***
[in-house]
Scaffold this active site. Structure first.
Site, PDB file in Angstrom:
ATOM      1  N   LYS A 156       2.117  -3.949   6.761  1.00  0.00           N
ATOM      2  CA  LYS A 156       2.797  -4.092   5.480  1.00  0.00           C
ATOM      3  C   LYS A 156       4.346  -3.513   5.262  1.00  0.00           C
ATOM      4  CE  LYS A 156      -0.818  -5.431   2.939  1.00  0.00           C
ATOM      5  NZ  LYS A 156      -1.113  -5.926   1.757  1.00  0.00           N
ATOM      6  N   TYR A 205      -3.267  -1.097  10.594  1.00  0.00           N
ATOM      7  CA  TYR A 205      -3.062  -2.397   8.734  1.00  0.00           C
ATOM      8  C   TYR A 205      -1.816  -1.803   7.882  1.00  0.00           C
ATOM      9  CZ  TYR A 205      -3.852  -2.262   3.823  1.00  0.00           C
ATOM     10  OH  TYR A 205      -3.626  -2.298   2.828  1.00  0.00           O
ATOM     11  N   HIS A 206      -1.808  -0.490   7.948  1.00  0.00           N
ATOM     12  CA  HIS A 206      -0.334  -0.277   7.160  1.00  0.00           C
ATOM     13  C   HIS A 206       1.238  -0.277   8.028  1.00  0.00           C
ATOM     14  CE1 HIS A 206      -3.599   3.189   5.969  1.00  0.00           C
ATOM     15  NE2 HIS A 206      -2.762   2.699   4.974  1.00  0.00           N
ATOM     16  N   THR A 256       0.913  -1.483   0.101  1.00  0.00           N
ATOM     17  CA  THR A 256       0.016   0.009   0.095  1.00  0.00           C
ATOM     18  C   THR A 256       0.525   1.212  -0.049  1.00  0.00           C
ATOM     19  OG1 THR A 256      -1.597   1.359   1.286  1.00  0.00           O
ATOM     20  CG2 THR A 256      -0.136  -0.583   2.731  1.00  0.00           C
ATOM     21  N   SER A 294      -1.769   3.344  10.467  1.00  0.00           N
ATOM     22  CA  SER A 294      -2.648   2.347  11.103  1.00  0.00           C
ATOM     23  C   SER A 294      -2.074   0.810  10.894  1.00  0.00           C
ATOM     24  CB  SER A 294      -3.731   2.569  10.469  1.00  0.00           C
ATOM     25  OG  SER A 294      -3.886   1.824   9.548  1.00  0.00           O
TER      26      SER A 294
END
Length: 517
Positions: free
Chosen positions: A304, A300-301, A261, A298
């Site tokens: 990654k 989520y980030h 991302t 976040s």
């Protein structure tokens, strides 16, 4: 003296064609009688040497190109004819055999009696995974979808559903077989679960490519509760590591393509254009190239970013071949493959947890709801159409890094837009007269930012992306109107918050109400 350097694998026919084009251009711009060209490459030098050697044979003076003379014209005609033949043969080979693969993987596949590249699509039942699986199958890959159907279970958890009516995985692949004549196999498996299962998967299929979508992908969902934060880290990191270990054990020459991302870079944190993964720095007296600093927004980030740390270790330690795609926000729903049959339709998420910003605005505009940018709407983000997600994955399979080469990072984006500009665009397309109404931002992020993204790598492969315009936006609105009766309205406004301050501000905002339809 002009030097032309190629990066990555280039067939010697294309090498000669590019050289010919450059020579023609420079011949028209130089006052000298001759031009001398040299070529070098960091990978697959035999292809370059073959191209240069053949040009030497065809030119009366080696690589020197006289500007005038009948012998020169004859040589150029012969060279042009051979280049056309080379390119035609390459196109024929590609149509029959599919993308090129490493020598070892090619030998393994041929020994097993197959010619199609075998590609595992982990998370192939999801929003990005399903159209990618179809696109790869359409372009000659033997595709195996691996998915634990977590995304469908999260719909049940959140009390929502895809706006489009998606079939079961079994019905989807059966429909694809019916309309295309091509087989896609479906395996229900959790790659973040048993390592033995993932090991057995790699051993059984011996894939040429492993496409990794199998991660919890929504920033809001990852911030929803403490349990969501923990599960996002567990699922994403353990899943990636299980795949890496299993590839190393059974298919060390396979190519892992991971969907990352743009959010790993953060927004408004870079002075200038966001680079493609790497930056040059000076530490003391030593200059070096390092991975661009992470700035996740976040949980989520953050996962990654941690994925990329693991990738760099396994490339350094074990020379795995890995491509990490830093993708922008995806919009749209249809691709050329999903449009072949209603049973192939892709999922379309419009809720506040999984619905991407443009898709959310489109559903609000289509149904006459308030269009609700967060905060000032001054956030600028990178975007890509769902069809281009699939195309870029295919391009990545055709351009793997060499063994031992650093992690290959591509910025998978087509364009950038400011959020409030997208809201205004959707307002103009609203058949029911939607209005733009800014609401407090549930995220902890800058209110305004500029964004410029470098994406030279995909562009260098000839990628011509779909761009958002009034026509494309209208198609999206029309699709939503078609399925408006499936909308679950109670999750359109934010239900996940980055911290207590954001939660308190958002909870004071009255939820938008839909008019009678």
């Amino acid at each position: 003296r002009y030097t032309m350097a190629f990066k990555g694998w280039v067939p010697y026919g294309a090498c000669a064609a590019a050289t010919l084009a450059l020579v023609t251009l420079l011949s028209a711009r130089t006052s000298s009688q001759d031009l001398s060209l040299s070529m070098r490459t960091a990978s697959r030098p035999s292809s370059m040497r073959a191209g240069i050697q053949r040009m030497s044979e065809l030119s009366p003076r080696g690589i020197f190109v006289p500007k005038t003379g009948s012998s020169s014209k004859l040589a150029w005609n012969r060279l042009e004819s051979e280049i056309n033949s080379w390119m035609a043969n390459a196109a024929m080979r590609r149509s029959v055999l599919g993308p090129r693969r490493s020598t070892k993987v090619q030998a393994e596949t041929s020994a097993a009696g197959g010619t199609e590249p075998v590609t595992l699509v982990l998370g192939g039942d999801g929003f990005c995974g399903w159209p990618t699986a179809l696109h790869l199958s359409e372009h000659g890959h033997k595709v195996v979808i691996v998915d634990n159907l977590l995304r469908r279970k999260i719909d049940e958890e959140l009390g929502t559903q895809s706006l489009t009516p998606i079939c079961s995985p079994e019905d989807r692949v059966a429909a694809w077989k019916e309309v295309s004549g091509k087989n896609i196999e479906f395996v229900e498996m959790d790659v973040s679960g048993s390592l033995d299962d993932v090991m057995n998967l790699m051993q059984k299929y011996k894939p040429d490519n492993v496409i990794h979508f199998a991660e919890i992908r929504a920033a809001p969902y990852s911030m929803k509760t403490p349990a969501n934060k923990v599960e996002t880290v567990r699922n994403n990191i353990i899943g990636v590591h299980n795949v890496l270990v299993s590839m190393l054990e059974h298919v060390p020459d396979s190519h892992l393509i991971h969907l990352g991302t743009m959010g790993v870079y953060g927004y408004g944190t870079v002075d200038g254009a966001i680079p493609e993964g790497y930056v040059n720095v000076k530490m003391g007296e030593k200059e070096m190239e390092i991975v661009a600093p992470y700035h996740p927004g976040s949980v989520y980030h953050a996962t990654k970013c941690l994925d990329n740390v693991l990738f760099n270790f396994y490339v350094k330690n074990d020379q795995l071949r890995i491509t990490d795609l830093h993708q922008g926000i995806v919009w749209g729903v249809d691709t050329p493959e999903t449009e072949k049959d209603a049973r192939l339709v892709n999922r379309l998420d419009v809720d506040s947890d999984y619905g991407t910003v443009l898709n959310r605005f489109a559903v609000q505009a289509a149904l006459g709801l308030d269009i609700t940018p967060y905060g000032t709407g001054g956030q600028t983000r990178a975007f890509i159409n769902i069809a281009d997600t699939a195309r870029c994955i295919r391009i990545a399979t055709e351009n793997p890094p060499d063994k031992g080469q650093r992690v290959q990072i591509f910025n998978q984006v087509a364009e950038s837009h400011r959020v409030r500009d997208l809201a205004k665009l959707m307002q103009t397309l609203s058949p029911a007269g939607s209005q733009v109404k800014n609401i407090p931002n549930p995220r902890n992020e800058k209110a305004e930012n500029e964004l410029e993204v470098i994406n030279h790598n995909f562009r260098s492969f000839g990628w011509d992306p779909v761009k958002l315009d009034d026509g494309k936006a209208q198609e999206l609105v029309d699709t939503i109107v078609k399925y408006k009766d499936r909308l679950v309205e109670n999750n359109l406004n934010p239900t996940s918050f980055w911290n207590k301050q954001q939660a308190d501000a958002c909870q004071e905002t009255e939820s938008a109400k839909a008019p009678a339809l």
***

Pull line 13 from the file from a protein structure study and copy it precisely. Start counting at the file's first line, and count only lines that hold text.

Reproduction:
ATOM     10  OH  TYR A 205      -3.626  -2.298   2.828  1.00  0.00           O